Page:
HOW TO GET RICH IN EUROPEAN TECH: These Guys Clone US Startups In Europe And Then Sell Them To The US Companies

samwer brothersMarc, Oliver and Alexander Samwer

Marc, Oliver, and Alexander Samwer are near-legendary in Europe as entrepreneurs and investors.What do they do?

They clone American startups.

They do it fast, they do it well, and they cash out.

Among the companies they’ve cloned are eBay, Facebook and Groupon — and they’ve had successful exits for all of those.

And they don’t just build European copycats of US startups anymore — they also invest in US startups that want to expand in Europe, like LinkedIn and Facebook.

They found an excuse to interview the Valley's elite: a senior thesis.

They moved to Silicon Valley right out of college. This was in 1998. They used the senior thesis they were writing on entrepreneurship to meet and interview as many Silicon Valley bigwigs as they could. Later, they returned to Germany and started their own companies.

After going back home, they built the first German eBay clone,, and sold it 4 months later

They started it in February 1999, or at the top of the dotcom bubble. Four months later -- FOUR MONTHS LATER -- eBay bought it for $50 million in stock plus an earnout.

Next, they created and sold ringtones company Jamba to Verisign for $273 million

Jamba did mobile content. They started out with stock quotes and news -- and realised nobody cared about getting that stuff on their phone, at least in 2002. So they switched to ringtones and hit the jackpot.

Then they made an early investment in the German Facebook clone, StudiVZ

If you're doing a copycat, we guess the Samwer Brothers are good people to have on your side. StudiVZ was a German clone of Facebook that they invested in early on. And when we say clone, we mean clone. The site copied Facebook to the t, just switching Facebook's blue colour scheme out for red.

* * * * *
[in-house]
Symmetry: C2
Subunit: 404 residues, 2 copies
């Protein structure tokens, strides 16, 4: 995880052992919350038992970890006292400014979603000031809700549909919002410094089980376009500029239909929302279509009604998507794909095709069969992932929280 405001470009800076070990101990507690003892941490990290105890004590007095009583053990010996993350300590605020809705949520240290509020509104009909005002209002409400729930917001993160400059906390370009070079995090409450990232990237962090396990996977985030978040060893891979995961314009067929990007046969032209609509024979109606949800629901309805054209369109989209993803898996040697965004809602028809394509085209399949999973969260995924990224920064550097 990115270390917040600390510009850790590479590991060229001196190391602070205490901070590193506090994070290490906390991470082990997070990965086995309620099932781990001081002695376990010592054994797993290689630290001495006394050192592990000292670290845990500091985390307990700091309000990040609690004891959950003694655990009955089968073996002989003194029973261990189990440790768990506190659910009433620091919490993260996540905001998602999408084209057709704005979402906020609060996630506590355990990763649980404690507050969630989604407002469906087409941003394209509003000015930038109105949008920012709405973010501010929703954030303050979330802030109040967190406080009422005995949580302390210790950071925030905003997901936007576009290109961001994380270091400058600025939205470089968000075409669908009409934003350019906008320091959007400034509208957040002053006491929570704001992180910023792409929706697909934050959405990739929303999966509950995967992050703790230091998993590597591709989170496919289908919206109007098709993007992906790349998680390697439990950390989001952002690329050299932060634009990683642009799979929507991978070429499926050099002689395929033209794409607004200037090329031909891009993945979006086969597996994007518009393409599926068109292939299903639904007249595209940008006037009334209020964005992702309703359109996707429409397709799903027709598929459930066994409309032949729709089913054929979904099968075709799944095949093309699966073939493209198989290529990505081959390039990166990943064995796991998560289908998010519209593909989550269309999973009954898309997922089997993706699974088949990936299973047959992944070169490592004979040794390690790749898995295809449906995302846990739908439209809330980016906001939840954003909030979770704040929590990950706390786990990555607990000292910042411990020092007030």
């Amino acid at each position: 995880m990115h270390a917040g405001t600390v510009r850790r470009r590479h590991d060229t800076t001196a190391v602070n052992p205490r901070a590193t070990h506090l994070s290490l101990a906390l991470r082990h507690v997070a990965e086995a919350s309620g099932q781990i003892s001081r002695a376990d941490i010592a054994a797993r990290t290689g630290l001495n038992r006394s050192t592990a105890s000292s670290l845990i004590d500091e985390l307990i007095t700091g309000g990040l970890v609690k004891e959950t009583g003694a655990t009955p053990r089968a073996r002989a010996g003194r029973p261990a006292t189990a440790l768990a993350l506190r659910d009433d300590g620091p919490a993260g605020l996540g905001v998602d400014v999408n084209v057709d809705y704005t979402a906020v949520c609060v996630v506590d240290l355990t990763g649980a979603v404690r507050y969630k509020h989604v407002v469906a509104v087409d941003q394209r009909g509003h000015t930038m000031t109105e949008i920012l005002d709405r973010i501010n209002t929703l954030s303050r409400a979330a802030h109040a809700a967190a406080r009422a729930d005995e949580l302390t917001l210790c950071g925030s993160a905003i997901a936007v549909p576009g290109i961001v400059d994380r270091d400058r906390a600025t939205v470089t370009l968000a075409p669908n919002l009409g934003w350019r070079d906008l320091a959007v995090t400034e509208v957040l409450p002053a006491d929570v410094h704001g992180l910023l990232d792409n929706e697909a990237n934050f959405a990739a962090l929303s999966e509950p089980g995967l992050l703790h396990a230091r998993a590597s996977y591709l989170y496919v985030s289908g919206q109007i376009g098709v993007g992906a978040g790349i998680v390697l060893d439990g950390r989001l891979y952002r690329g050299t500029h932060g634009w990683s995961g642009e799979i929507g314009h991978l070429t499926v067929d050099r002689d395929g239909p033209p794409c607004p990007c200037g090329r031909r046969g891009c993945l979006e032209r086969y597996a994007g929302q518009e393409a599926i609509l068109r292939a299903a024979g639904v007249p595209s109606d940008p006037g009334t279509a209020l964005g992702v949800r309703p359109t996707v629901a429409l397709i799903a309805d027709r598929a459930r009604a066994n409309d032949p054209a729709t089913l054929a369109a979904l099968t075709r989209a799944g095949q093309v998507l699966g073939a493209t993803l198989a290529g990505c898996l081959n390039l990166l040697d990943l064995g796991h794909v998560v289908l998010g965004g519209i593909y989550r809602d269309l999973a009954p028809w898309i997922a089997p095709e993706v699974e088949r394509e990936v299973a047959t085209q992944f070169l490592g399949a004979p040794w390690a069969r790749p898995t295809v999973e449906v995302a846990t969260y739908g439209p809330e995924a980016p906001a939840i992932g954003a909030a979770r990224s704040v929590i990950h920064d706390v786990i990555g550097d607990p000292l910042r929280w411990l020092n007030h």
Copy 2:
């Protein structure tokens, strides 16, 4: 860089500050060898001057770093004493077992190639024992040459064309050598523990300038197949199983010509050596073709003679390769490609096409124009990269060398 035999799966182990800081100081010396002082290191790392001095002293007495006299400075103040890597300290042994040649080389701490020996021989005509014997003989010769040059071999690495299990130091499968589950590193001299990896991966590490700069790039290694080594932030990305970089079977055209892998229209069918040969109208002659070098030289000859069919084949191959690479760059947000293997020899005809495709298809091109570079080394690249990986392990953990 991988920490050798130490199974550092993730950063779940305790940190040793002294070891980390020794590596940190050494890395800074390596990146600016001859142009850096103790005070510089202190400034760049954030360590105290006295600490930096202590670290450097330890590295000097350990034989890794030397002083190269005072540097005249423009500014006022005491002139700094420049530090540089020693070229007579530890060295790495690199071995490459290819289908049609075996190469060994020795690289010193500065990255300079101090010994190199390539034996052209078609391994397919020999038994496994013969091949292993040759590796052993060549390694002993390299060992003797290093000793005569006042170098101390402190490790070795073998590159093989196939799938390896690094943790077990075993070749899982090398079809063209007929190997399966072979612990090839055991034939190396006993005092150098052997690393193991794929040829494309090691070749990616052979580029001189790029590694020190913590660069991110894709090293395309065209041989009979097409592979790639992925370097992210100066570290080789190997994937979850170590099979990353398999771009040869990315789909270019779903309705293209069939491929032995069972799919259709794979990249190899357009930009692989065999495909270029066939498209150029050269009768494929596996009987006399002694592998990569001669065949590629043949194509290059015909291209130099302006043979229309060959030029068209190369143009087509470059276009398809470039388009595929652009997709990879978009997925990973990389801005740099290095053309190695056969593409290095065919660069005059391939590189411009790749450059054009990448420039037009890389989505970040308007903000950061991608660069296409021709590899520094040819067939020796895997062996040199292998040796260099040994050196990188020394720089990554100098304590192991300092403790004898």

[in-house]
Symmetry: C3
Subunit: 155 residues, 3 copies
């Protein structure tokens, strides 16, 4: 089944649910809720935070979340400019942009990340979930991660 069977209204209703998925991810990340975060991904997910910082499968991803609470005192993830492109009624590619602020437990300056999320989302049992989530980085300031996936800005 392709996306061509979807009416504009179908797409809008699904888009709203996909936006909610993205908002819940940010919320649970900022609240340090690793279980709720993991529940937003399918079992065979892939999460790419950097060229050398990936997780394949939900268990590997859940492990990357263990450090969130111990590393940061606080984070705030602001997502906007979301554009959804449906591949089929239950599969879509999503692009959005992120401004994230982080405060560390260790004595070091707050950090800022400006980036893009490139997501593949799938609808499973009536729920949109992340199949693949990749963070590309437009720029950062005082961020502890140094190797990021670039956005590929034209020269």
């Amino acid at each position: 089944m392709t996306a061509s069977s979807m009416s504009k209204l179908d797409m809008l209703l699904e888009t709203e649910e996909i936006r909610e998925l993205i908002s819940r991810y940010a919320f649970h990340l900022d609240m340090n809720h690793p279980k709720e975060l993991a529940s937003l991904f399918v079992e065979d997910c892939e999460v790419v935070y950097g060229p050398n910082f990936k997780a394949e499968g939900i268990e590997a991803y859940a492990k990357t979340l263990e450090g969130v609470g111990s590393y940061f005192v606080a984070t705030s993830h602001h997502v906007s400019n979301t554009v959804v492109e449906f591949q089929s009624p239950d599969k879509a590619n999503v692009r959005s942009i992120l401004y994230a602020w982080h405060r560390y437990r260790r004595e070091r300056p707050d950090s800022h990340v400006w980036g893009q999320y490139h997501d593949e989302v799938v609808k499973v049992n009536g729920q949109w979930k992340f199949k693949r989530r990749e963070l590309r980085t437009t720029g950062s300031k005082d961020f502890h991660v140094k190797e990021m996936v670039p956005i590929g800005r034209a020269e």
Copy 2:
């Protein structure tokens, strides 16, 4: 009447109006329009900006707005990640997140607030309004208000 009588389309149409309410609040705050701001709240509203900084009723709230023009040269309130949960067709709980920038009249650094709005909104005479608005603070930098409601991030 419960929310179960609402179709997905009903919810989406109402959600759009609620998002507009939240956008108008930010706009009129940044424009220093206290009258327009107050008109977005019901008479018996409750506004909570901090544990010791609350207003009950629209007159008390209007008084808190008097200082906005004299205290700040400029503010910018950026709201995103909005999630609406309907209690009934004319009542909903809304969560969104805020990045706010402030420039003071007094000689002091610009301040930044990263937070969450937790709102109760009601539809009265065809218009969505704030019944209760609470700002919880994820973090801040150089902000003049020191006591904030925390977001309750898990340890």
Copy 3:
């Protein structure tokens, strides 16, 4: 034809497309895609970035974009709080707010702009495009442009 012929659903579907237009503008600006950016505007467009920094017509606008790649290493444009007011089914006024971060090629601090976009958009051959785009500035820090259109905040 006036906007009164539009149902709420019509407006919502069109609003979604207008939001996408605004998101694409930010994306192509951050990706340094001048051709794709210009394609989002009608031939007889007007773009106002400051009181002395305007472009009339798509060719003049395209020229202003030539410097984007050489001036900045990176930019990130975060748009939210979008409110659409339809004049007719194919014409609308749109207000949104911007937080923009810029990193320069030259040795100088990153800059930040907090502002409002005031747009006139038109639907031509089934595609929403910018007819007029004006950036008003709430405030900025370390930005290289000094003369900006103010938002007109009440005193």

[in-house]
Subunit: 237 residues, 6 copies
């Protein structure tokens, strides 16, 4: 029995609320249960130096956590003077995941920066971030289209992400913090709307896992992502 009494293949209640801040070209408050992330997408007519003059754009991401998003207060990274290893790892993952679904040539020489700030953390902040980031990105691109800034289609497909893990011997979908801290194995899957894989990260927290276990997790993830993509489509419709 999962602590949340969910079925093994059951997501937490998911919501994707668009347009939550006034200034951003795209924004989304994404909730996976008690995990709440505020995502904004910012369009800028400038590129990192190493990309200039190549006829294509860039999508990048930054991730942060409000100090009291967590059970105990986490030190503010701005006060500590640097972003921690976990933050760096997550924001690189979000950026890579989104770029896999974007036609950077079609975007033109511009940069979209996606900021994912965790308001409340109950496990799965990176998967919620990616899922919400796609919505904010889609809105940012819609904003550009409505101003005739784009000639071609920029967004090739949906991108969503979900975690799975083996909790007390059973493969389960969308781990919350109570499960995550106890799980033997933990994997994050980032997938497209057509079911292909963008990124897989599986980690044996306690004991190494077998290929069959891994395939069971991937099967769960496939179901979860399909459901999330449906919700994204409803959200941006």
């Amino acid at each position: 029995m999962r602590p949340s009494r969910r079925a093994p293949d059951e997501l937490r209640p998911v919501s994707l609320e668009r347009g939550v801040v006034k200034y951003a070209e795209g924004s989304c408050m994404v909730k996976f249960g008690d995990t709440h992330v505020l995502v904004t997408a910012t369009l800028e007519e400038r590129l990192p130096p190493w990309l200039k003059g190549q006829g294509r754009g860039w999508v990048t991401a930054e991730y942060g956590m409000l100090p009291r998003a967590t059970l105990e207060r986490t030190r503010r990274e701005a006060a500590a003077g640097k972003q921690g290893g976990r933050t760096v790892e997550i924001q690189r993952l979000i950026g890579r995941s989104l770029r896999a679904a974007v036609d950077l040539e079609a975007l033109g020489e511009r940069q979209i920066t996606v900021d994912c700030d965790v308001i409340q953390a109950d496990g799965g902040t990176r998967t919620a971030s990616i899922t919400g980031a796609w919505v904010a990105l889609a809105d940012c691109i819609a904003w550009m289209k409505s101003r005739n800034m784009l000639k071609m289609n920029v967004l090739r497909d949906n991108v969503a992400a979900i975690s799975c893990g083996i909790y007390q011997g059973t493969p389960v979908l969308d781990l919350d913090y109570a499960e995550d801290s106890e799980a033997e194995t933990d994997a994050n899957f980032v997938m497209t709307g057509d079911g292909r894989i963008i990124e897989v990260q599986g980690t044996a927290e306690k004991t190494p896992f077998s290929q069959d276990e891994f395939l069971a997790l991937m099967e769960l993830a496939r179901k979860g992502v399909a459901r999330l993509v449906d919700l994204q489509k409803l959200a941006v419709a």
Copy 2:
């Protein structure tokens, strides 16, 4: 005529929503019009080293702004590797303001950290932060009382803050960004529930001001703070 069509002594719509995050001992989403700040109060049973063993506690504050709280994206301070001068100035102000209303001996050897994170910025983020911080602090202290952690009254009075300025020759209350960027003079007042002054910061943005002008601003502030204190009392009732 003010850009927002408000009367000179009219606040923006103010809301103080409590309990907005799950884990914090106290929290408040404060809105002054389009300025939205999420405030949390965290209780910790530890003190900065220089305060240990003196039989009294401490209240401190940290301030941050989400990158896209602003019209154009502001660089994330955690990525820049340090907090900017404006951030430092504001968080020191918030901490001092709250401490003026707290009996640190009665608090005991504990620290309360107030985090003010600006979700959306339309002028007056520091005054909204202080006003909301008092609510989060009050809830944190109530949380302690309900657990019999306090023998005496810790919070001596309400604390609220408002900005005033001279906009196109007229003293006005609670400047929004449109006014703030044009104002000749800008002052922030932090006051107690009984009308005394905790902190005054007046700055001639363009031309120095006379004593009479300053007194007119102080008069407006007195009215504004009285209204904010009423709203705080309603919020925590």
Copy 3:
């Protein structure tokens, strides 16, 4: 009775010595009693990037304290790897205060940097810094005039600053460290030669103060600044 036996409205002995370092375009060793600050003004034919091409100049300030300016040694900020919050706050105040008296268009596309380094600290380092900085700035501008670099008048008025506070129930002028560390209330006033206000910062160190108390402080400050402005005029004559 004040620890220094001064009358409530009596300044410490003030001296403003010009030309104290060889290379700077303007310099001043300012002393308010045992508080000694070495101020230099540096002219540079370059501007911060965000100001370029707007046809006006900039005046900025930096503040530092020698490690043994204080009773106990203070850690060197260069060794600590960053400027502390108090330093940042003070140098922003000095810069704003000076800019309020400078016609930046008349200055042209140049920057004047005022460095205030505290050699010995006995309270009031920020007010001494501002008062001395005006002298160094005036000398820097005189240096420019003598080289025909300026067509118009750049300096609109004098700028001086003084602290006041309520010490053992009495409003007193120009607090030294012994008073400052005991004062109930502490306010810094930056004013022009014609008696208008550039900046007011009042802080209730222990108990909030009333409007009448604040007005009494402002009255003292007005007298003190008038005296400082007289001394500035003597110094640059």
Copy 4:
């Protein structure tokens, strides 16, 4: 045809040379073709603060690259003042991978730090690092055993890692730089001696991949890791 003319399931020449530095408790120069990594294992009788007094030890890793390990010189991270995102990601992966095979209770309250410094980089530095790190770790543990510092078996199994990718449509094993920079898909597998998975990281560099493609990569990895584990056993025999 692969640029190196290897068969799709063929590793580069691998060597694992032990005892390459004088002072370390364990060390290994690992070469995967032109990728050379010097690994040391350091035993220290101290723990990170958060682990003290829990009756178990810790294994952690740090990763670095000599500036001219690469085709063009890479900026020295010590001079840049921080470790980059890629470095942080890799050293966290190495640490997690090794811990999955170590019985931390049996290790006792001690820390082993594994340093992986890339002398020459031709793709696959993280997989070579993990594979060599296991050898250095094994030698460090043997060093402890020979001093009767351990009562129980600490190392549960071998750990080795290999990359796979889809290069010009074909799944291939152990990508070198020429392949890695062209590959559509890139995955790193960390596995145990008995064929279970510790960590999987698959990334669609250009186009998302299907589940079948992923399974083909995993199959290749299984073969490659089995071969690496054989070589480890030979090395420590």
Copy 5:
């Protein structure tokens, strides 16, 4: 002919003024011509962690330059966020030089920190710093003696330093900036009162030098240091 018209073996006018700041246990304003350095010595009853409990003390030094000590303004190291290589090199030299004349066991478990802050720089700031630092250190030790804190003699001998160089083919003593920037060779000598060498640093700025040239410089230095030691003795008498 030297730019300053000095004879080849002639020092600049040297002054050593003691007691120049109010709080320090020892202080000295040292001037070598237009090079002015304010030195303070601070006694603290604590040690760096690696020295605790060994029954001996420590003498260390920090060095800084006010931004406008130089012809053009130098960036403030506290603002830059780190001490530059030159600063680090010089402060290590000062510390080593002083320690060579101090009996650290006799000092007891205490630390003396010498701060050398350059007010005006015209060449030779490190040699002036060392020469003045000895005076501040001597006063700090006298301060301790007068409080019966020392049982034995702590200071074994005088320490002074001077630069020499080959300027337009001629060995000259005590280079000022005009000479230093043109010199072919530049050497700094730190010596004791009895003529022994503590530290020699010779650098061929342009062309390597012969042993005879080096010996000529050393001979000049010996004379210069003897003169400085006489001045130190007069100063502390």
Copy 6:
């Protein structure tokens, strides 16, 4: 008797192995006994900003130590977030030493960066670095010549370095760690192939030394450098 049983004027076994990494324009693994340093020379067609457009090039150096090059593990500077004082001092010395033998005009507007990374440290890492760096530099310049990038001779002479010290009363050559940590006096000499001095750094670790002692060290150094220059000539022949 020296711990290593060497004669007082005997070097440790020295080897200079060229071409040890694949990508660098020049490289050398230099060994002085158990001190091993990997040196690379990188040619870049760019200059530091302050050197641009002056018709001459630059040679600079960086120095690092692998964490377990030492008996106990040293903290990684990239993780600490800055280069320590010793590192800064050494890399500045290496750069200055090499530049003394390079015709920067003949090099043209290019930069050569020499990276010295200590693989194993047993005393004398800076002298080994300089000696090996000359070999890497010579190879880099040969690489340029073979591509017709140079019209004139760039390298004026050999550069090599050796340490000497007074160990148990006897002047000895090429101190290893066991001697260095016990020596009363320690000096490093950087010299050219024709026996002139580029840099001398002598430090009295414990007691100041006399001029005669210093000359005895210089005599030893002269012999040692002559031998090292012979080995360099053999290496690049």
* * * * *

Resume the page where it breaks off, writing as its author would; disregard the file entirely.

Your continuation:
They sold the German Facebook clone in 2007 for $100 million

StudiVZ was acquired by German media company Georg von Holtzbrinck GmbH in 2007. Probably a nice exit for a clone whose days are inevitably numbered as smaller local social networks get steamrolled by Facebook's network effects.

These days, the brothers back the European clones AND the American originals

They don't just invest in European copycats -- they also invest in US companies that want to expand to Europe. In 2006, they founded the venture firm, European Founders.

Some of their US investments? Facebook and LinkedIn -- two companies widely copied in Europe.

So they get paid on both ends of the European copycat business: building European copycats and investing in US companies that want to fend off copycats.

Their portfolio is doing pretty well.

Of course, investing in Facebook at a $15 billion valuation (now it's $50 billion) must do wonders for a venture portfolio.

But they're also investors in Nasza-Klasa, a Polish social network that a Polish friend tells us is extremely popular, and in Oanda, a currency trading site we ranked as the world's 10th most valuable startup back in 2008.

They've also started a clone factory, Rocket Internet

On top of their venture firm, the Samwer Brothers started an incubator in 2008 called Rocket Internet. The incubator is mostly focused on e-commerce and, wait for it, clones.

Plinga is their clone of Zynga and they even had Frazr -- a short-lived Twitter clone.

Their latest trick? A Groupon clone created and sold to Groupon within 5 months

The Samwer Brothers know a great opportunity when it comes along. When the Groupon phenomenon first surfaced, they got back to work and launched CityDeal, the first European Groupon clone. They went very big, very fast, launching in several countries with TV ads.

The company launched in January 2010 and was acquired by Groupon in May. The reported amount was somewhere around $100 million. Not bad for someone else's idea and 5 months worth of work.

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